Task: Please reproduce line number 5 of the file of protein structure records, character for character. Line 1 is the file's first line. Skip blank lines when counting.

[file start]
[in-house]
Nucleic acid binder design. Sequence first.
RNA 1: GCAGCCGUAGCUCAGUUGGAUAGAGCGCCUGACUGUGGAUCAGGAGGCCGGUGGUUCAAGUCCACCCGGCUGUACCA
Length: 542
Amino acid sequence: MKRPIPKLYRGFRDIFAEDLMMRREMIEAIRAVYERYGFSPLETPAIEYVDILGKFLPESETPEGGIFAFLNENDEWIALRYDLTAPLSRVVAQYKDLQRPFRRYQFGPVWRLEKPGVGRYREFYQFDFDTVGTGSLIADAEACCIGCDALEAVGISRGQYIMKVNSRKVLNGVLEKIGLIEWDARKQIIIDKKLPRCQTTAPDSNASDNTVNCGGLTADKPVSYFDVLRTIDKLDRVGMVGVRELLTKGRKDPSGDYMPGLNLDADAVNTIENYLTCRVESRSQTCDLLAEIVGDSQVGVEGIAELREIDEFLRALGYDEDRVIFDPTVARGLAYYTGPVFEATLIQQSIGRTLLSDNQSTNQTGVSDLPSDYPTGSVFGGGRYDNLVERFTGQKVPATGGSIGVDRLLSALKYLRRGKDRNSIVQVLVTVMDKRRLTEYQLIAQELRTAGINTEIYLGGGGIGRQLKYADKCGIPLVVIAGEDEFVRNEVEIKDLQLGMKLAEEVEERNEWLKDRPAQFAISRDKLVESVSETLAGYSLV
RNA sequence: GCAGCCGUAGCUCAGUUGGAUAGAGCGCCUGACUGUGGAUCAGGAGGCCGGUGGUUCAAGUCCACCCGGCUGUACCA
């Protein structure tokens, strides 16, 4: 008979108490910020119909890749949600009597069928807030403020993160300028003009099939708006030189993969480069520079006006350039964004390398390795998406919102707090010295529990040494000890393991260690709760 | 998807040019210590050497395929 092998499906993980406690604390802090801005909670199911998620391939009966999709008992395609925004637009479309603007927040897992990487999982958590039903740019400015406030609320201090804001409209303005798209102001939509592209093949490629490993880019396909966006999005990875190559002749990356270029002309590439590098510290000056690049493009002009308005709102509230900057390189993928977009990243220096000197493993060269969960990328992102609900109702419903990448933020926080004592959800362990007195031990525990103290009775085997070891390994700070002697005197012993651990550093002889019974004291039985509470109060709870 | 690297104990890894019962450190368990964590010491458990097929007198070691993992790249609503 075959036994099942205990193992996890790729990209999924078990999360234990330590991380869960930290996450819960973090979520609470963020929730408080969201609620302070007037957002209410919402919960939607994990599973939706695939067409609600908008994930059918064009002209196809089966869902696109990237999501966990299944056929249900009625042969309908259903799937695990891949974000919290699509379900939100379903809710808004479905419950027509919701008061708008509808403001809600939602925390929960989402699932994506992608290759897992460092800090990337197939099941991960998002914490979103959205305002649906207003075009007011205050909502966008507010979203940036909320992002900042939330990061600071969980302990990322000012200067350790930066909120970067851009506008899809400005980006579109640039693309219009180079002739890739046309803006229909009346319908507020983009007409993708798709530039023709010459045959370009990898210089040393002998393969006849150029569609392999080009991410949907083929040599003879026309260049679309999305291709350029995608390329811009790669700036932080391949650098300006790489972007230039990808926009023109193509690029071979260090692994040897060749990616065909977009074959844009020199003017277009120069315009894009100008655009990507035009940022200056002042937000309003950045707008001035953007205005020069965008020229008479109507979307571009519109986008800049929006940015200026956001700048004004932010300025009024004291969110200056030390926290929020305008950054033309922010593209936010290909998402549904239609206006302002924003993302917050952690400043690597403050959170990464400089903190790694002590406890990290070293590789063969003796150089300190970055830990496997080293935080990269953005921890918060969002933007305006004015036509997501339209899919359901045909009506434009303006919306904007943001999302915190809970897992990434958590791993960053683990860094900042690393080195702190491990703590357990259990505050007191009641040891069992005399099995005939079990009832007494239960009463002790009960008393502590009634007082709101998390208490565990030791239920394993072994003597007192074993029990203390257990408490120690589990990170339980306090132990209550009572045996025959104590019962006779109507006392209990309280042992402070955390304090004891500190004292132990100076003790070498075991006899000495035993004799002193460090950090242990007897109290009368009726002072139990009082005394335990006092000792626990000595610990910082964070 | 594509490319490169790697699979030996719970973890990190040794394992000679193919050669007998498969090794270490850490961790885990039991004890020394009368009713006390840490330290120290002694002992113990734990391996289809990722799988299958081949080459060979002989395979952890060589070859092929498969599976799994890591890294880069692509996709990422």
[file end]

Amino acid sequence: MKRPIPKLYRGFRDIFAEDLMMRREMIEAIRAVYERYGFSPLETPAIEYVDILGKFLPESETPEGGIFAFLNENDEWIALRYDLTAPLSRVVAQYKDLQRPFRRYQFGPVWRLEKPGVGRYREFYQFDFDTVGTGSLIADAEACCIGCDALEAVGISRGQYIMKVNSRKVLNGVLEKIGLIEWDARKQIIIDKKLPRCQTTAPDSNASDNTVNCGGLTADKPVSYFDVLRTIDKLDRVGMVGVRELLTKGRKDPSGDYMPGLNLDADAVNTIENYLTCRVESRSQTCDLLAEIVGDSQVGVEGIAELREIDEFLRALGYDEDRVIFDPTVARGLAYYTGPVFEATLIQQSIGRTLLSDNQSTNQTGVSDLPSDYPTGSVFGGGRYDNLVERFTGQKVPATGGSIGVDRLLSALKYLRRGKDRNSIVQVLVTVMDKRRLTEYQLIAQELRTAGINTEIYLGGGGIGRQLKYADKCGIPLVVIAGEDEFVRNEVEIKDLQLGMKLAEEVEERNEWLKDRPAQFAISRDKLVESVSETLAGYSLV